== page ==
is pmi deductible in 2018

Homeowners are happy about this last-minute tax deduction extension

Bethany RamosFinance, Homeowners, Industry Professionals, Loan Officers, News, Taxes

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Feb. 15, 2018.

It’s a mouthful, but it’s going to benefit homeowners just in time for tax season. The mortgage insurance premium deduction extension was one of 30 tax provisions President Trump agreed to extend on February 9, 2018, when he signed H.R. 1892, the Bipartisan Budget Act of 2018.

The mortgage insurance deduction, along with dozens of other allowable claims, had originally expired on December 31, 2016. The extension can be a money-saver for homeowners, Jay Crowell, CMP, Senior Vice President at Cornerstone Home Lending, says. “It will reduce their tax expense by reducing their tax with the ability to write off the interest.”

“This is one of those deductions that gets reviewed annually,” Sharla J. Ellis, Cornerstone Senior Vice President, says. “It’s great that Congress extended this deduction another year.” Under the extension, homeowners who pay private mortgage insurance (and meet the requirements) will be able to deduct their premiums as interest on their tax returns for the 2017 tax year.

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How to take advantage of the mortgage insurance deduction extension

Tax forms must be sent by January 31 each year. This includes Form 1098, which homeowners used to report their mortgage insurance premiums.

If you filed before January 31, 2018:

  • Check your 1098. The previous version of Form 1098 was issued before the extension was passed in February 2018. It directed homeowners to only fill in their mortgage insurance premiums (MIP) in Box 5 of the 1098 if section 163(h)(3)(E) applied the previous tax year.
  • Get a new form. Homeowners who have already filed their 1098 without the MIP paid in 2017 will be sent a new form, where applicable.
  • Fix any errors and resend. Now that the MIP deduction has been extended, Forms 1098 must be corrected and resent. The amount of MIP paid for 2017 will be added back in Box 5. Crowell and Ellis suggest homeowners contact their tax advisor or CPA for help amending their tax return to make sure they take advantage of the money-saving benefit.
  • Don’t sweat it if you filed correctly. If Form 1098 was already filed with the MIP paid in 2017, no action needs to be taken.

If you didn’t file before January 31, 2018:

  • Check your 1098.
  • Get a new form, if necessary.
  • File to include the MIP deduction in Box 5.

Along with the mortgage insurance deduction extension, other extended tax breaks for individuals and families for the 2017 tax year include mortgage debt exclusion, tuition and fees deduction, non-business energy property credit, and relief for victims of disaster, among others.

Got questions? We’ve got answers. Find a Cornerstone office near you.

How much could the mortgage insurance deduction save you?

Mortgage insurance, sometimes referred to as private mortgage insurance or PMI, is an amount charged to buyers who are unable to make down payments of at least 20 percent, Ellis explains. It protects the lender from losses if a borrower were to default on a loan. “The insurance policy can be issued by a private mortgage insurance company (conventional loans) or by the Federal Housing Administration (FHA loans), the Department of Agriculture’s Rural Housing Service (USDA loans), or the Department of Veterans Affairs (VA loans),” Ellis says.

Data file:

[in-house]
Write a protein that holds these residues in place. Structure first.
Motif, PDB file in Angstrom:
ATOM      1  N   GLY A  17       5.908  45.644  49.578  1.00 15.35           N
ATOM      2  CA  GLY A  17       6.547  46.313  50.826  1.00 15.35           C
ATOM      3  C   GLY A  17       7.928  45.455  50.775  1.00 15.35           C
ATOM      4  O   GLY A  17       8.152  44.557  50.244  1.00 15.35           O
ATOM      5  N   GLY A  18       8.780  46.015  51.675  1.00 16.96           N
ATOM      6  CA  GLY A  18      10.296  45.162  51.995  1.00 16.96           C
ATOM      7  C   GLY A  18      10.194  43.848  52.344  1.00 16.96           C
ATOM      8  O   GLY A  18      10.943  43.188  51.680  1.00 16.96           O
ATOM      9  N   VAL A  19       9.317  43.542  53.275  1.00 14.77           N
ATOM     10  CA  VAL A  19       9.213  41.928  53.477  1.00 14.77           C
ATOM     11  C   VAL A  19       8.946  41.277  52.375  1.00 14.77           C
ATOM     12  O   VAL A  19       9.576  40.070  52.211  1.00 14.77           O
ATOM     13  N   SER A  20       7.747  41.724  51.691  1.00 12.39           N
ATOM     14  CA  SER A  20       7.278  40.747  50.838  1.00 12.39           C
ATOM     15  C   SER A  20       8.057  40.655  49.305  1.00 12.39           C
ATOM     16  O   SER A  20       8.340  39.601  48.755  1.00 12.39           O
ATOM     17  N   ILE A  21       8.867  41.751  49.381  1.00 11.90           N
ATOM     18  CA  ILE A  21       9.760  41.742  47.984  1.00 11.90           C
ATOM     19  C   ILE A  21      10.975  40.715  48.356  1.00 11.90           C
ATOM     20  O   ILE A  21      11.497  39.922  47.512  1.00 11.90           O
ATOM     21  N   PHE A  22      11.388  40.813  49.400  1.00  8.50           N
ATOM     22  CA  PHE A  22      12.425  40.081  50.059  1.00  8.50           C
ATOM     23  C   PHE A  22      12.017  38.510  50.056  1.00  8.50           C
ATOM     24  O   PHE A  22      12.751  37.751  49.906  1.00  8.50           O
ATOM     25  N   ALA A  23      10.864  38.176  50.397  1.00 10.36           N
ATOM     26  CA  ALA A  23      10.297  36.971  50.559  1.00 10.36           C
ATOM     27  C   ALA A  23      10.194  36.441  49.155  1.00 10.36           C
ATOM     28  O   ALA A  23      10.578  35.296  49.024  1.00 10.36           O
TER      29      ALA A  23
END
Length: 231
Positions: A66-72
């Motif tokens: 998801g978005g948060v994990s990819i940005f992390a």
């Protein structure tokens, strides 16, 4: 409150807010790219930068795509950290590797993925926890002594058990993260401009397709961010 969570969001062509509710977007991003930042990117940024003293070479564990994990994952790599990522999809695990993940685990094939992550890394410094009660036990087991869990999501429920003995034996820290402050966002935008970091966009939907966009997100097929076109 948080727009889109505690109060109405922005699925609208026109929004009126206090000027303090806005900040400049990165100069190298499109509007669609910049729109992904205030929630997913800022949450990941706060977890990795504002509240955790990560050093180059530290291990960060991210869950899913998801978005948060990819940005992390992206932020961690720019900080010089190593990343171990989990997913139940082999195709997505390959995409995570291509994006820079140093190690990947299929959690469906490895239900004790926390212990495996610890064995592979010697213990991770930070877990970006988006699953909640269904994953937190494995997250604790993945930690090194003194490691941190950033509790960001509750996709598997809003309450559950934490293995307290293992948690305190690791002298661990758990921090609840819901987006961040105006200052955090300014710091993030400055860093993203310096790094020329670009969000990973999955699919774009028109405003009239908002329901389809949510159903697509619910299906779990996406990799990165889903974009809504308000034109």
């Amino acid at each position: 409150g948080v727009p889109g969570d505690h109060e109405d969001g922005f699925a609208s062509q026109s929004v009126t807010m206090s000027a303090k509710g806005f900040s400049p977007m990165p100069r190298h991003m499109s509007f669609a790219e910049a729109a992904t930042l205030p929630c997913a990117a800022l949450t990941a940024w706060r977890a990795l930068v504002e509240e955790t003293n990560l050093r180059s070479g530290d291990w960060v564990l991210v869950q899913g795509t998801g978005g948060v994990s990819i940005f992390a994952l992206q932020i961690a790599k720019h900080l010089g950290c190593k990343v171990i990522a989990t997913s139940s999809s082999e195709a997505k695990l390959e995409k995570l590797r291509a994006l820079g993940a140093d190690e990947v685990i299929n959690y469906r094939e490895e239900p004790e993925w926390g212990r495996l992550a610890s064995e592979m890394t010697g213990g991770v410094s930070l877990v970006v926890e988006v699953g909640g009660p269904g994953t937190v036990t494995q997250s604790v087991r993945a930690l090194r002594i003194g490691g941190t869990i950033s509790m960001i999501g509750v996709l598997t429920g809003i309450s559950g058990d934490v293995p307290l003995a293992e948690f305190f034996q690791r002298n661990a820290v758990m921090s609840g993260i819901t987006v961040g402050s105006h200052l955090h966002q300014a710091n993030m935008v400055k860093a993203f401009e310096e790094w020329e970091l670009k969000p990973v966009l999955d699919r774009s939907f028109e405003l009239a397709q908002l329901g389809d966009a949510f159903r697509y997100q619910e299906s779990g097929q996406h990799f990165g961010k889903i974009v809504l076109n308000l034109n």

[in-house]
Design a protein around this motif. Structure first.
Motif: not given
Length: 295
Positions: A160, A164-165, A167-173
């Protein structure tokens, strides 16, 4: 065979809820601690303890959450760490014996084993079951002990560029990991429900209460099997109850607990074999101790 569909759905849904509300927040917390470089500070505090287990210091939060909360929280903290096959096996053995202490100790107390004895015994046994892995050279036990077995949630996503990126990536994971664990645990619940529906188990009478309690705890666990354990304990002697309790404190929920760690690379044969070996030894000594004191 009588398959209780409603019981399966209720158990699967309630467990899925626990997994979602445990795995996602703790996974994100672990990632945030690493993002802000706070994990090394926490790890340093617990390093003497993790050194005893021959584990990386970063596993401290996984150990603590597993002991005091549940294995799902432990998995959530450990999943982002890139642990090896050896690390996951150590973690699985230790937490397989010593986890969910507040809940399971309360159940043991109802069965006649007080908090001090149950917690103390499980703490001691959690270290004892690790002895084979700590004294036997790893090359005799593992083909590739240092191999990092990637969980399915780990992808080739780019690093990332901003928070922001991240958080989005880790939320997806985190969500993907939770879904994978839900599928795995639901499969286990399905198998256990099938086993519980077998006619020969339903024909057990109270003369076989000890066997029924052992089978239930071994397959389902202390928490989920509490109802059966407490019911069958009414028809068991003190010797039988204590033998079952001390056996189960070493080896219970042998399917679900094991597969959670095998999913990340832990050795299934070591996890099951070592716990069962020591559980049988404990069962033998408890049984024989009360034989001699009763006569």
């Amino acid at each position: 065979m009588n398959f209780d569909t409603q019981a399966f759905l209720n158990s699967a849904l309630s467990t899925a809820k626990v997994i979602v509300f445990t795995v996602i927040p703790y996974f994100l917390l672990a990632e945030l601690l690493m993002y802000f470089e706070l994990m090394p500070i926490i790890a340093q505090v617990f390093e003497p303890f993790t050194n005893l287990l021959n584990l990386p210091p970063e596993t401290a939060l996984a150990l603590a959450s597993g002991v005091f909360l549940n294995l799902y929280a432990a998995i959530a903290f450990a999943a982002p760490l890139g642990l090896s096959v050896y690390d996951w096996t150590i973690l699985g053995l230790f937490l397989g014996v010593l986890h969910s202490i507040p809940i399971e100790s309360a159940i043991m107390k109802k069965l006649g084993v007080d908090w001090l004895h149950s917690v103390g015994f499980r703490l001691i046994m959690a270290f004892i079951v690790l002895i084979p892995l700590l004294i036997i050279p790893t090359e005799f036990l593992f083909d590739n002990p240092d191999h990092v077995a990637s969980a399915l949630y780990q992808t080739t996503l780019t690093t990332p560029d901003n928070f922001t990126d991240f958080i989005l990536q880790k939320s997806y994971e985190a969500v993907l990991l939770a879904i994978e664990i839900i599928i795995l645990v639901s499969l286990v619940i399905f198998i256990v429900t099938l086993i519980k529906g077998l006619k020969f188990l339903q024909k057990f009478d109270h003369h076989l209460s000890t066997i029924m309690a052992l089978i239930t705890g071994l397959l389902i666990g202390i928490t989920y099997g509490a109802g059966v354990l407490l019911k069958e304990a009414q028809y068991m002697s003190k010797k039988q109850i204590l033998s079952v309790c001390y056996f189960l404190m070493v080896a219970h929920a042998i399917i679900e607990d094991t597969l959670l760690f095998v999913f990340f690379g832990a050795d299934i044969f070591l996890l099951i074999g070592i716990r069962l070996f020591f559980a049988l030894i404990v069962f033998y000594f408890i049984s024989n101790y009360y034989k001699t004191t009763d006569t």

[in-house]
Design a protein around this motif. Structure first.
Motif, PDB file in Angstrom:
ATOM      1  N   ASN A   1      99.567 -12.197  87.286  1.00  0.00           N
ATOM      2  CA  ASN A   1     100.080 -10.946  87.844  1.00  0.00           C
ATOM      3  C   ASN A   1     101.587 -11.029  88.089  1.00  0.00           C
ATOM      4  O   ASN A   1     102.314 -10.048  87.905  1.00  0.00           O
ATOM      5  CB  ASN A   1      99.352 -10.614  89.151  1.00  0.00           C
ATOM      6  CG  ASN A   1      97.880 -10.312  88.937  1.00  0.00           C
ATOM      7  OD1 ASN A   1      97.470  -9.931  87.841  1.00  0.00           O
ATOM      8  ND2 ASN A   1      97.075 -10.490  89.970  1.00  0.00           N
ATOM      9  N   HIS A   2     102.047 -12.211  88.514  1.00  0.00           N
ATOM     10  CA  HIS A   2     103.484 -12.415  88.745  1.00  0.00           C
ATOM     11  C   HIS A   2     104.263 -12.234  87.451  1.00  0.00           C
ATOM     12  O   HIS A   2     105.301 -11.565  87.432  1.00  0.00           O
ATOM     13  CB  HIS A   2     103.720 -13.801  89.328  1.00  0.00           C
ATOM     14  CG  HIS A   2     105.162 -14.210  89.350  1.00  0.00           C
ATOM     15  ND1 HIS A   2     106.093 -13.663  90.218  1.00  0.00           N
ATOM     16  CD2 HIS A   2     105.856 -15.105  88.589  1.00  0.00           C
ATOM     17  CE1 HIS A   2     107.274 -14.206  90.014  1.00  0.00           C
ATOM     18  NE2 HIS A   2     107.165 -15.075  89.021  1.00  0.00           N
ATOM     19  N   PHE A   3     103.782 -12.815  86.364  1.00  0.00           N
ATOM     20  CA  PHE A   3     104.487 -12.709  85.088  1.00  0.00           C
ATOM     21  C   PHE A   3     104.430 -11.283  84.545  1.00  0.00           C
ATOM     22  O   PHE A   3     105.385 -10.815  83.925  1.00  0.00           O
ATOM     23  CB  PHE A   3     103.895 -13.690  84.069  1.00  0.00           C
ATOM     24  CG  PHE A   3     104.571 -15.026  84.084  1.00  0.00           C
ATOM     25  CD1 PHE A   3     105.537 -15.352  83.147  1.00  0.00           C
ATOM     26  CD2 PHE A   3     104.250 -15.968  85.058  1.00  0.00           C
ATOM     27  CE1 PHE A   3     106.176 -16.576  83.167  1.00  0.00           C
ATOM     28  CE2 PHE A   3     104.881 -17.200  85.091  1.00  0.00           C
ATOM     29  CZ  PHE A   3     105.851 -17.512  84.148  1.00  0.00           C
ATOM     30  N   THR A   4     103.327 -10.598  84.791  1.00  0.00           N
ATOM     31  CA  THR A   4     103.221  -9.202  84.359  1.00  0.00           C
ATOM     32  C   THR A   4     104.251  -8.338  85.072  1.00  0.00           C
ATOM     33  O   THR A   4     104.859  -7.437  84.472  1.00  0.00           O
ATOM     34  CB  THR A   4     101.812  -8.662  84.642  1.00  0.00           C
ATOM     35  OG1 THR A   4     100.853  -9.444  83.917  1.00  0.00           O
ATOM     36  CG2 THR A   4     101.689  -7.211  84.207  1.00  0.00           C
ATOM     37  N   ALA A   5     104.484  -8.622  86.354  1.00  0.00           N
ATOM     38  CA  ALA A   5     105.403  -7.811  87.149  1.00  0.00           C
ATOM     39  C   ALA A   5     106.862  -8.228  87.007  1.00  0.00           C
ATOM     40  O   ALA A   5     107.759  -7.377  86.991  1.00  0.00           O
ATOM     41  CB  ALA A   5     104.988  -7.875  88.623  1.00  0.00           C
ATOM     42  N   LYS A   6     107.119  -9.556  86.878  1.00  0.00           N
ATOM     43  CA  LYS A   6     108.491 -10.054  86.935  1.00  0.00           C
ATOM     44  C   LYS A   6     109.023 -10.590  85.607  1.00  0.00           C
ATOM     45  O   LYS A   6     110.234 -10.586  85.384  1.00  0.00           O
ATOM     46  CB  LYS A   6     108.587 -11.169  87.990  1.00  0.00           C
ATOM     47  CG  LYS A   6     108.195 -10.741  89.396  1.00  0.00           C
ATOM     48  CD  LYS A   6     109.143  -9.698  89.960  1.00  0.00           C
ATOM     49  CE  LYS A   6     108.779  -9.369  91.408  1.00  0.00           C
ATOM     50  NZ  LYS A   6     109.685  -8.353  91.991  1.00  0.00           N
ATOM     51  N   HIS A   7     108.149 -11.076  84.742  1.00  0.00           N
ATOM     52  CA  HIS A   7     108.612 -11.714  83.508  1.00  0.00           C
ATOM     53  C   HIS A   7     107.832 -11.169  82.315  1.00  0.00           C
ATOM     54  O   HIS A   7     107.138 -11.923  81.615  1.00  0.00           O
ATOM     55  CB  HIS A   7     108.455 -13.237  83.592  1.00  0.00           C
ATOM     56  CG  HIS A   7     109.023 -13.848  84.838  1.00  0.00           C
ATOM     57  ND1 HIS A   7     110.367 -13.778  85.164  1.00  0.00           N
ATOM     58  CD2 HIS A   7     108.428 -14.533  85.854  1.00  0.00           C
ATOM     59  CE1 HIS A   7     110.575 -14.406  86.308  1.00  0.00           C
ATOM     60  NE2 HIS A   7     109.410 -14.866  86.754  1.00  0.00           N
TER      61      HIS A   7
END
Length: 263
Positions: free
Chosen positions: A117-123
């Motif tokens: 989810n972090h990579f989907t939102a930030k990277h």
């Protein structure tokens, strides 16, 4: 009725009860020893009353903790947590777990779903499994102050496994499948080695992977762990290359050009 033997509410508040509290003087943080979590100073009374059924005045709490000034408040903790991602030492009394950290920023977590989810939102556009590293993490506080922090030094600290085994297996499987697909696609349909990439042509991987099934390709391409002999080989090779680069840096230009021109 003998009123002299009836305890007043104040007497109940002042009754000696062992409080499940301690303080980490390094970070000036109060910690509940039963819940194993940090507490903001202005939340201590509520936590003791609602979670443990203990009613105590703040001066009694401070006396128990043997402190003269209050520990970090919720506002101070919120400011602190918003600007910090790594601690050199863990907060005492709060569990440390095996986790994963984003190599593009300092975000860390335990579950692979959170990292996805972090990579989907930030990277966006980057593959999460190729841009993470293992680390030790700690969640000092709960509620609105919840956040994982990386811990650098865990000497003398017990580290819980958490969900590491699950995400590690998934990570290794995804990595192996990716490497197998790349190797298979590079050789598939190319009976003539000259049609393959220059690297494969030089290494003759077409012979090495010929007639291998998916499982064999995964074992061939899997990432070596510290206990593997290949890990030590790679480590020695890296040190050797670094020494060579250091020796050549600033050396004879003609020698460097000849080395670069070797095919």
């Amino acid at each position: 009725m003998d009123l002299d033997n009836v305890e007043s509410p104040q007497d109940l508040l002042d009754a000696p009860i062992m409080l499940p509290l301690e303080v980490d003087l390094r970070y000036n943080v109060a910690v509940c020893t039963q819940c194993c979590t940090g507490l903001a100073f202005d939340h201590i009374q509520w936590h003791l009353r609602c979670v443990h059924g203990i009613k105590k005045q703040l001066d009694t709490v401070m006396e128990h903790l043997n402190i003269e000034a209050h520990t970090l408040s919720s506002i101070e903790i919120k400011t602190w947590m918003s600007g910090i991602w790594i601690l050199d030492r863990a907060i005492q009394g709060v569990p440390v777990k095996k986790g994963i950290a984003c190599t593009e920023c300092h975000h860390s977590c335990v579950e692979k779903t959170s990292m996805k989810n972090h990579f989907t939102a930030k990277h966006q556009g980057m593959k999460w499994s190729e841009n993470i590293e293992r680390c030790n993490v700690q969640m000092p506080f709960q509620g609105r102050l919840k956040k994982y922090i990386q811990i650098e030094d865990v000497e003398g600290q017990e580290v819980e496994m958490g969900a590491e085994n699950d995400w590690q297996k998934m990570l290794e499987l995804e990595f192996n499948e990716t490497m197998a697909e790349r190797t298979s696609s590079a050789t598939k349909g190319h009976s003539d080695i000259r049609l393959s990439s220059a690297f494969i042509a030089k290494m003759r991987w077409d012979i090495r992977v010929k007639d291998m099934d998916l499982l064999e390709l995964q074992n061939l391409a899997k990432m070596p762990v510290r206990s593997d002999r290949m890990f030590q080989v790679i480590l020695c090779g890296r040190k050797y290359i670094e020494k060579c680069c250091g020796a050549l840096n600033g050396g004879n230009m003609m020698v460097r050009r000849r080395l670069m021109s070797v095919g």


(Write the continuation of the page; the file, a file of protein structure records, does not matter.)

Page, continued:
Mortgage insurance can be paid as an initial upfront cost, in addition to future monthly payments. Crowell also explains that some mortgage insurance programs are charged only as an upfront cost with no monthly or reoccurring payments. Both of these scenarios may be tax deductible within the extension.

For homeowners who put down less than 20 percent down and are paying PMI:

  • The last-minute extension allows mortgage insurance premiums to still be 100 percent tax-deductible for households that have an adjusted gross income no greater than $100,000.
  • When the extension expires and the mortgage insurance deduction is once again eliminated for 2018, qualifying homeowners may miss out on several hundred dollars in annual savings.
  • Click here to learn more about PMI and to find out how to drop your payment.

Ellis reminds homeowners to be aware of limits on the deductions that relate to adjusted gross income (AGI). “For AGI over $100,000, the deduction is reduced, and for AGI over $109,000, premiums are not deductible,” she says.

While the IRS is currently reviewing H.R. 1892 signed on February 9, it’s likely that updated Forms 1098 will be required for all homeowners who file. (Suffice it to say, the IRS is busy. As of early February 2018, 18.3 million tax returns had been received, with 17.9 million returns processed.) Most mortgage companies plan to stay one step ahead of the tax deduction reversal. Many lenders will issue their borrowers corrected 1098s before the IRS mandates this change.

Helping homeowners with their tax returns is but one of the ways we make buying and owning a house easy. Contact your loan officer for any questions or concerns about filing your corrected 1098.

As a result, Cornerstone Home Lending, Inc. and its affiliates do not provide tax advice.

For educational purposes only. Please contact a qualified professional for specific guidance.

Sources deemed reliable but not guaranteed.

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